The Northern Lights are an enchanting display of complex colors and patterns in the sky. It’s usually visible at night in the high-latitude regions of the earth; a result of ionization that occurs when the magnetosphere gets perturbed by Solar Winds. The mystery surrounding the emission of Solar Winds have always perplexed scientists, along with the massive ball of gas and plasma from which they originate. To help resolve this enigma, NASA has prepared its first-ever solar mission in history. Dubbed as the “Coolest Hottest Mission under the Sun”, the Parker Solar Probe is set to launch on 11th August, 2018, and is predicted to make its first pass around the Sun in November at a distance of just 15 million miles.
The $1.5 billion Parker Solar Probe is named after Eugene Parker, the University of Chicago scientist, who in 1958, first theorized the existence of Solar Winds. The spacecraft will undergo a total of 24 elliptical orbits around the sun during a span of seven years, utilizing the gravitational force of Venus at every pass, to propel itself a bit closer to the Sun. Towards the end of the mission, it’s poised to reach within a distance of 3.8 million miles from the Sun’s visible surface. In retrospect, the distance between the Sun and its closest planet, Mercury, is 48 million miles.
During each pass, the probe’s instruments will collect data and images of the sun’s atmosphere called “Corona”. By analyzing the data, NASA hopes to shed some light on the phenomenon of Solar Winds. Solar Winds are torrents of electrically charged particles emitted by the Corona. While responsible for the beautiful Northern Lights, they occasionally wreak havoc with power grids on earth’s surface and interfere with the functioning of earth’s satellite and onboard instruments. While the Wide-Field Imager for Parker Solar Probe, or WISPR, will photograph the large-scale structure of the corona, the Solar Wind Electrons Alphas and Protons Investigation, or SWEAP, will measure the velocity, density and temperature of the particles making up Solar Winds. NASA hopes that such observational data will provide an insight into the behavior of solar winds and hopefully predict their patterns in the future.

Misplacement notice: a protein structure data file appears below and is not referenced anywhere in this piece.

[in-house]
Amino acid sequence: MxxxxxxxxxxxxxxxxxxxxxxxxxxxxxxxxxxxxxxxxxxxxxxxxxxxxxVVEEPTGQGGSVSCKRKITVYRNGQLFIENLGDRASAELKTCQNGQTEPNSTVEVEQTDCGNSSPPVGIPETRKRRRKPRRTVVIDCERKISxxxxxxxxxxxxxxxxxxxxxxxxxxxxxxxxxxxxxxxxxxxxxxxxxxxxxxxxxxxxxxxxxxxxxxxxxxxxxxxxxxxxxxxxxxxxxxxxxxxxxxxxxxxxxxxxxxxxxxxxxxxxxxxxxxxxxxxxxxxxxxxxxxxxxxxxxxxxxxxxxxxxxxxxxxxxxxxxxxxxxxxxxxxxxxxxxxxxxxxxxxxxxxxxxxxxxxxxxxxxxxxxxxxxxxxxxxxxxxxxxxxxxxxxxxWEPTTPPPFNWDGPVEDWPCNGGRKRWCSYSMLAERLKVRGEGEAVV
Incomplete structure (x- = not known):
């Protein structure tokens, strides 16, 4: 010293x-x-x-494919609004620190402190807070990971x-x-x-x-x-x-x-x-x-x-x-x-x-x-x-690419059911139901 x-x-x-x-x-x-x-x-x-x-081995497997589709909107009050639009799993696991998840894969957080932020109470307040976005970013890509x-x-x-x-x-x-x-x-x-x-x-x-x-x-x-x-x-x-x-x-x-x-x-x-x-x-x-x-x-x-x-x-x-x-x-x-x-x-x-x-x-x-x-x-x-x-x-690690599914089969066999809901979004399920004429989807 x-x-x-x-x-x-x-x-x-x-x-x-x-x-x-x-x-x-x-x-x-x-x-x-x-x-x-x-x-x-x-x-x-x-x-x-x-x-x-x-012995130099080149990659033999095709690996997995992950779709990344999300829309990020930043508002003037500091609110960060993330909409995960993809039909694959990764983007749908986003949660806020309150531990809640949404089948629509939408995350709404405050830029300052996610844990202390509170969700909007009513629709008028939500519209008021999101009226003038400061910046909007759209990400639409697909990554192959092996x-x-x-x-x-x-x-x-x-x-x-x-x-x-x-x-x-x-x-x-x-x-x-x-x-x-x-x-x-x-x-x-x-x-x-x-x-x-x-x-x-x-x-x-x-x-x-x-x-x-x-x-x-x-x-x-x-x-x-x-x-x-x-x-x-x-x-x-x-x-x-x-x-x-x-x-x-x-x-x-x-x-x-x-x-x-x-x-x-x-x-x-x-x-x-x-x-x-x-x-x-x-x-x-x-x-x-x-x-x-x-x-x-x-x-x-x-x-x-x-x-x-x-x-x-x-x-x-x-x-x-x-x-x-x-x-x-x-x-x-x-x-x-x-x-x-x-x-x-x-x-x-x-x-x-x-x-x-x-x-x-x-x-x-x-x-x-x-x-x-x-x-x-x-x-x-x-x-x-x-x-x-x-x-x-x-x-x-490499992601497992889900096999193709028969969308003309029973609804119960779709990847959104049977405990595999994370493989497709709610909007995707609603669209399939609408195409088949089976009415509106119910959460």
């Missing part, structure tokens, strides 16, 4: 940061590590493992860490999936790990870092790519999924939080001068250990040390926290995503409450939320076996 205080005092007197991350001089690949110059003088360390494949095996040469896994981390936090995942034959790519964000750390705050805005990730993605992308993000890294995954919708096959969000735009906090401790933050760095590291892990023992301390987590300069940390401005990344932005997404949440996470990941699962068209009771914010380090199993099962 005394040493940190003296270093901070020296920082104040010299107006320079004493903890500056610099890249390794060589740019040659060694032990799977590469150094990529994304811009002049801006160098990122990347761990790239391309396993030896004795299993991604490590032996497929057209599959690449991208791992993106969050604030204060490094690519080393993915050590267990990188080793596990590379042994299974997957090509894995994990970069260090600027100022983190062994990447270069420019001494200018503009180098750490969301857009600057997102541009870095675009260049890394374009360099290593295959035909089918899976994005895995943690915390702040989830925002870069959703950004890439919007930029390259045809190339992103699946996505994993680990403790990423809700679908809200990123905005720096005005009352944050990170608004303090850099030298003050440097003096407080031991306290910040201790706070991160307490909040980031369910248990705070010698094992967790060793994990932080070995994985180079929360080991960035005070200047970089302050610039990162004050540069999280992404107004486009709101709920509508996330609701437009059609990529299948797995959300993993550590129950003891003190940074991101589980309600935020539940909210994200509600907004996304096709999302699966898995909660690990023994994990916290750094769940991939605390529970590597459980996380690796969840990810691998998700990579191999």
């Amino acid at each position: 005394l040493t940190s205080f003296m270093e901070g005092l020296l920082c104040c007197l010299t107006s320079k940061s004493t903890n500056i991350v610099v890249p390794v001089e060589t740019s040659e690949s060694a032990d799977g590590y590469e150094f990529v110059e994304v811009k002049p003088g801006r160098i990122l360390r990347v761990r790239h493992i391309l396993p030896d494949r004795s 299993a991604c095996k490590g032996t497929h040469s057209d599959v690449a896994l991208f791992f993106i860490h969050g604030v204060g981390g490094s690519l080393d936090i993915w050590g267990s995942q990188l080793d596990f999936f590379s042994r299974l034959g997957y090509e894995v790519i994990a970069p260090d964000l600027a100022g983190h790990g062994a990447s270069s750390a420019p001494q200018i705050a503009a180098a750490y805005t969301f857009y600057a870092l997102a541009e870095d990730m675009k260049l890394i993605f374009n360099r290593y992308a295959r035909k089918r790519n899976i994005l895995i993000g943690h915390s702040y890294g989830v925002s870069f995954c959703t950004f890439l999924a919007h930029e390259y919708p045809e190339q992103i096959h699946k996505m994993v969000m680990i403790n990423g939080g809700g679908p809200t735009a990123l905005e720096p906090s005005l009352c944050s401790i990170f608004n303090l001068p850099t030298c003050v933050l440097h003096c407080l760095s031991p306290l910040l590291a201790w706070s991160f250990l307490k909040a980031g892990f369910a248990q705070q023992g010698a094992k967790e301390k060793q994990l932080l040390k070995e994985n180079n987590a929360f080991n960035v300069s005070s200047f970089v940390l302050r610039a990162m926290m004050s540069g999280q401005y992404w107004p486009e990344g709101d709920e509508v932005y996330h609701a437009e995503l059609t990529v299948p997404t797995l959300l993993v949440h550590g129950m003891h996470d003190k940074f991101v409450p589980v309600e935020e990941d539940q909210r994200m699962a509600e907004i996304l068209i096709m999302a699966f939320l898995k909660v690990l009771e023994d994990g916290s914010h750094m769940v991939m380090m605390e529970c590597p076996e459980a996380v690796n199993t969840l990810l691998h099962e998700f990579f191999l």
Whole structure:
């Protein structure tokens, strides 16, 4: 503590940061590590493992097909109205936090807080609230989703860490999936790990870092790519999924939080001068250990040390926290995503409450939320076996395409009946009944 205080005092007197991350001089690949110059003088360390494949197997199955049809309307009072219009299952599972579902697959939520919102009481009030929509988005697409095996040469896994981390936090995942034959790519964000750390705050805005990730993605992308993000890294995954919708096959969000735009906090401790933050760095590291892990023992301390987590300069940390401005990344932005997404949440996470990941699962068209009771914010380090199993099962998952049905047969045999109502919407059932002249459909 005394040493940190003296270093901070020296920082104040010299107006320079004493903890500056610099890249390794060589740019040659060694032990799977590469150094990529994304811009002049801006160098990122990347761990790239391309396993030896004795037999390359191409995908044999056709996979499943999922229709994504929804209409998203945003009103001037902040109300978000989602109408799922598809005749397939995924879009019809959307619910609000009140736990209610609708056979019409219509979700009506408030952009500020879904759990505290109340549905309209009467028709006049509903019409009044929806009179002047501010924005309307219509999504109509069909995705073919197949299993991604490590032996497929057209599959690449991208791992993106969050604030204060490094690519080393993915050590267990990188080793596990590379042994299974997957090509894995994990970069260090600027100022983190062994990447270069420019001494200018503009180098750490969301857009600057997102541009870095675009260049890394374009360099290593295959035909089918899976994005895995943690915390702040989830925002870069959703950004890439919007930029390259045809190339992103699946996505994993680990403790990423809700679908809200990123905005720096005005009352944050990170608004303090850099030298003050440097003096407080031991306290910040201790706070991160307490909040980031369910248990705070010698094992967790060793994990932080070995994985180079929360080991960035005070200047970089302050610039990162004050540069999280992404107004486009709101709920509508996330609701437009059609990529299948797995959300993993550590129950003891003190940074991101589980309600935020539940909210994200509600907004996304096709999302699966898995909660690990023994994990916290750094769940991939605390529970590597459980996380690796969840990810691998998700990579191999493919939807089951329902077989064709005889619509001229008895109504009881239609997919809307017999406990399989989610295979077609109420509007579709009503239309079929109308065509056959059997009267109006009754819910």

So, how can the probe withstand such high temperatures without being destroyed? In order to endure the 2,500 degrees Fahrenheit that it’s estimated to be subjected to, the Parker Solar Probe is built with a four-inch thick, 160-pound carbon composite shield. In addition, the probe also possesses an effective cooling system, in the form of water-cooled solar panels, which could maintain temperature on the inside at 85 degrees. Finally, the instruments abroad the probe will be constructed with alloys that have very high melting points.
In addition to studying Solar Winds, the mission also hopes to answer several questions regarding the nature of the Sun. As one goes outwards from the surface of the sun towards the corona, the temperature quickly changes from 10,000 degrees to millions of degrees. This defies basic laws of physics, which states that temperature is usually higher near the source of the fire. So, why is the blazing corona several degrees hotter than its surface? While scientists hope to put an end to this query with data collected from WISPR, they could also map the Sun’s powerful electromagnetic field using the FIELDS instrument. Finally, the Integrated Science Investigation of the Sun, or ISOIS, can shed light on the origin of the Sun, and provide information regarding the birth and death of stars in the universe.
The probe will launch on top of a United Launch Alliance Delta IV Heavy rocket, from Cape Canaveral in Florida. It will be the 10th launch using the Delta IV Heavy, considered the second most powerful after SpaceX’s new Falcon Heavy. The Parker Solar Probe is also estimated to reach a maximum speed of 430,000 mph, making it the fastest-ever human-made object. The highly ambitious mission has utilized the pinnacle of every technological front, in hopes of reaching the source of life – the Sun.